Islamic art
Artist: Sacrylicco by Sara Mir Title: “Honeycomb” Year: 2023 Style: Contemporary Islamic Fine Art Dimensions: 14 inch hexagonal stretched canvas Medium: Acrylics, 24K genuine gold Image Credit: Supplied

I touched the flowers carved on the white marble, it felt touching freshly stored water in an earthen pot, serene as it was, it soothed my hands!

A little later I was glancing at an octagonal marble screen made with slabs of carved marble panels indescribably beautiful with surfaces inlaid with gemstones representing local flowers like lilies, lotuses and poppies. I pulled my hands back in a gesture of respect for the demised. That grand screen enclosed the cenotaphs of empress Mumtaz Mahal and emperor Shahjahan.

Twenty-five years later the experience of standing at the heart of an illuminated funerary complex which took ten years to be completed, representing every principle of Islamic architecture- Taj Mahal is hard to put together in words.

A man takes picture of historic Taj Mahal as the Yamuna river overflows following heavy rains, in Agra, India July 18, 2023
A man takes picture of historic Taj Mahal as the Yamuna river overflows following heavy rains, in Agra, India Image Credit: Reuters

The glowing white marble structure monumentalised in its design, was to create an out of the world effect, symbolic of paradisiacal mansion and garden — an ever blooming garden of flower beds, closest to the description of ‘bihist’ (heaven in Arabic) in Islamic aesthete. Taj Mahal replicates it in its naturalistic decoration.

That was my first adult wholesome experience of Islamic Art and Architecture. Something that day changed in me, as I saw Taj, its pietre durra and marble dados. I felt most of all that this was an aesthetics representational of love, remembrance. That Autumn I was filming my first documentary on Embroidered Art of India, and my Agra schedule was barely of three days.

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Many seasons later coming across Sara Mir’s distinct, stunning, symbolic Islamic art was like a déjà vu compelling to look back at the unforgettable experience of seeing the flowery marble dados, the elegant pietre durra, the lattice work of Taj Mahal for the first time.

In so many ways Taj Mahal holds the essence of what Islamic art is all about; an artistic imprint of the earth and heaven, a narrative of reverence and communication with God, his manifestations as shown through paradisiacal garden house or flowers, charbagh — the quadrilateral garden layout, water front gardens.

Artist: Sacrylicco by Sara Mir Title: “The Illusory Door” Year: 2021 Style: Contemporary Islamic Fine Art Dimensions: 19 inches x 24 inches Medium: Watercolours, 24K genuine gold Image Credit: Supplied

Lines and strokes

Away from the symbolism with a stunning structure representing Islamicate aesthetics. Islamic art and architecture by and large is an open, interpretable form of creative expression reflecting the relationship between the mortals and their Creator, much like a poignant Sufi poem (qalam). At its core lies reverence and awe of the Universe, the oneness created by God. Mir’s paintings fit perfectly in that creative, spiritual casing.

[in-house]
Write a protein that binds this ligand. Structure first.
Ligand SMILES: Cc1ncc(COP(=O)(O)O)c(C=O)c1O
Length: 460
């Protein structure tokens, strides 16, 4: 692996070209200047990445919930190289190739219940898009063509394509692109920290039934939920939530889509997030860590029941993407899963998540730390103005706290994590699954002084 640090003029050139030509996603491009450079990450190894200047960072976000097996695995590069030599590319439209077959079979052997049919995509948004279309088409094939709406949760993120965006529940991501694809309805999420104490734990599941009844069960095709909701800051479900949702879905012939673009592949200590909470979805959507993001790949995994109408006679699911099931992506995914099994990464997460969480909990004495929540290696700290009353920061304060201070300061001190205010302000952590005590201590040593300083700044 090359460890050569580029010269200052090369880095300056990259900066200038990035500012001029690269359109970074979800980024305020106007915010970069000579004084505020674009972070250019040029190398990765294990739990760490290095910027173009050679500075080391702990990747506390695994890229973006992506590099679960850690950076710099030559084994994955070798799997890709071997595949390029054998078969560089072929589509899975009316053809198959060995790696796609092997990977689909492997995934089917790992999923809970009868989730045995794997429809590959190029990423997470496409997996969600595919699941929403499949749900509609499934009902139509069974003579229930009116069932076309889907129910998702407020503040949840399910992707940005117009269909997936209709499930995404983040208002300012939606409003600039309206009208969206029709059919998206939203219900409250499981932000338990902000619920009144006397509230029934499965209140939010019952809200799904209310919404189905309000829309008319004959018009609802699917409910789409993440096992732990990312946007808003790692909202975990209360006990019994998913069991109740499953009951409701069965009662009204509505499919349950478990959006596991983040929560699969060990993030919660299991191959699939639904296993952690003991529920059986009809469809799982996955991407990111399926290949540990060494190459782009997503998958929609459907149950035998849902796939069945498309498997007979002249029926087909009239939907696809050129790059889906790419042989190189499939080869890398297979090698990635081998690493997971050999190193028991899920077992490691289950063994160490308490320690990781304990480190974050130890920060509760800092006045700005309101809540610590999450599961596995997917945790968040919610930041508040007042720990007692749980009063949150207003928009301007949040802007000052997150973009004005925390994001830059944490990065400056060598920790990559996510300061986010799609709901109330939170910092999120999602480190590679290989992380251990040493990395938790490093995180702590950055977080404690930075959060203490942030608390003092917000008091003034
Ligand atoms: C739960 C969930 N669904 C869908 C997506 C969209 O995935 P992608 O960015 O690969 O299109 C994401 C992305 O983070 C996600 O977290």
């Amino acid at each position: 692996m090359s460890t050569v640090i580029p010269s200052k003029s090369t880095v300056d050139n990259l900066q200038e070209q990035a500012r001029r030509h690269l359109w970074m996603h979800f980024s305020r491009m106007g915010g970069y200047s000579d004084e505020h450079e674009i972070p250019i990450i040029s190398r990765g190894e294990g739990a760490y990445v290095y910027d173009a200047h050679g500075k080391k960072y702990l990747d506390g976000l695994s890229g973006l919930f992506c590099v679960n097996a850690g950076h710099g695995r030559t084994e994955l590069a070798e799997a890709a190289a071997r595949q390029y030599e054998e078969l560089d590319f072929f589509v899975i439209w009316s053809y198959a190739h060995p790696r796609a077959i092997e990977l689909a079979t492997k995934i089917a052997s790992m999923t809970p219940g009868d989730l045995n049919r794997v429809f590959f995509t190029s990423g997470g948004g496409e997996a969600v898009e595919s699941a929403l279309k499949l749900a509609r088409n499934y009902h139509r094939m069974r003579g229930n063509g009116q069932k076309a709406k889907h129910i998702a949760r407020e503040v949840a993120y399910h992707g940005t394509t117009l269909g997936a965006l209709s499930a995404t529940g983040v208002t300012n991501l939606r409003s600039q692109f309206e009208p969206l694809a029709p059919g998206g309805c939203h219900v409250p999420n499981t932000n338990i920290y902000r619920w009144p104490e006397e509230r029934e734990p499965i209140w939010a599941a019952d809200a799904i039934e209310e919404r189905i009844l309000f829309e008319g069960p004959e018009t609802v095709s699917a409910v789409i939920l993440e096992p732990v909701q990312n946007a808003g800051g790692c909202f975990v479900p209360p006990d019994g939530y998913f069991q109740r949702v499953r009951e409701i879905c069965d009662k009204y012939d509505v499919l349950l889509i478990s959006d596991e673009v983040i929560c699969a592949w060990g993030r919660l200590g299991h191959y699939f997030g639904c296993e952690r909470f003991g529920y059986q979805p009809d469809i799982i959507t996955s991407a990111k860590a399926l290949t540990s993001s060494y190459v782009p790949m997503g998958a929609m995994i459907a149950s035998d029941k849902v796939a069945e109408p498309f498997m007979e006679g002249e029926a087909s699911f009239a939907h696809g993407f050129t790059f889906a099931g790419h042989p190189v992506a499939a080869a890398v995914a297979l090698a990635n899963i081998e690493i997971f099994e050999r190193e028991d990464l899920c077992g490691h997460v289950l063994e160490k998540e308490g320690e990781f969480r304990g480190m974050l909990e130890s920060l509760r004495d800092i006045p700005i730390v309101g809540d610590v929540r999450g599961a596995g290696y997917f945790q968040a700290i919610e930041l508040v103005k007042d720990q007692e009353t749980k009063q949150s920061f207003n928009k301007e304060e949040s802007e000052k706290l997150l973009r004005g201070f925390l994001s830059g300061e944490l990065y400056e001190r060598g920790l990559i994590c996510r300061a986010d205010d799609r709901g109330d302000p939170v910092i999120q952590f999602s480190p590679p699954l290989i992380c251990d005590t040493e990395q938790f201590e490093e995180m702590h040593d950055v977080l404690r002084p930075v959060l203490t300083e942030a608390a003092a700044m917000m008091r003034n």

In historical terms Islamic Art encompasses all forms of visual art conceived, created from seventh century in places dominated by Muslim demography. Manifested in variant forms, it often represents the non-figurative art that may have elements of calligraphy, geometric patterns and arabesque emerging from cultures where Islam had spread.

With the different styles of Islamic art in vogue, Mir, a contemporary fine artist based between Toronto and New York chose the style conspicuous in its absence of human figures but representational in lines and strokes.

And because history tells us that Islamic art often has been expressions of calling, solace or reverence Mir’s transformative journey from a Chemical and Biomedical Engineer, to a self-trained practitioner of religious art is fascinating. It’s a testament that this school of aesthetics still represents spirituality often the artist’s quest for his or her Creator.

Artist: Sacrylicco by Sara Mir Title: “Cross-section of Creation” Year: 2021 Style: Contemporary Islamic Fine Art Dimensions: 24 inches x 24 inches Medium: Watercolours, 24K genuine gold Image Credit: Supplied

In her own words, “I always felt a draw towards creating art,” tells Mir on a confessional tone. “Sacrylicco (the name of Mir’s art feed on Instagram) came in to existence in October 2019, when I was in the thick of my life challenges. The name itself was a play on the words “Sacred Acrylic Contemplations” because the initial works of art were all created with acrylic paint medium and as it still stands today, are deeply inspired by my faith, Islam.”

Unknowingly it was a colossal moment of self-search for Mir that would result into an enriching creative journey laced with devotion, “There were noise of thoughts, concepts, words (both scripture and literature), images of art that swirled in my mind, needed to be released on canvas. The challenges I faced as untrained artist instead became catalysts, helping me focus to see, feel and stand witness to Al-Haqq (The Absolute Truth). I subsequently willed myself in creating an art — an attempt to radiate an iota of it. “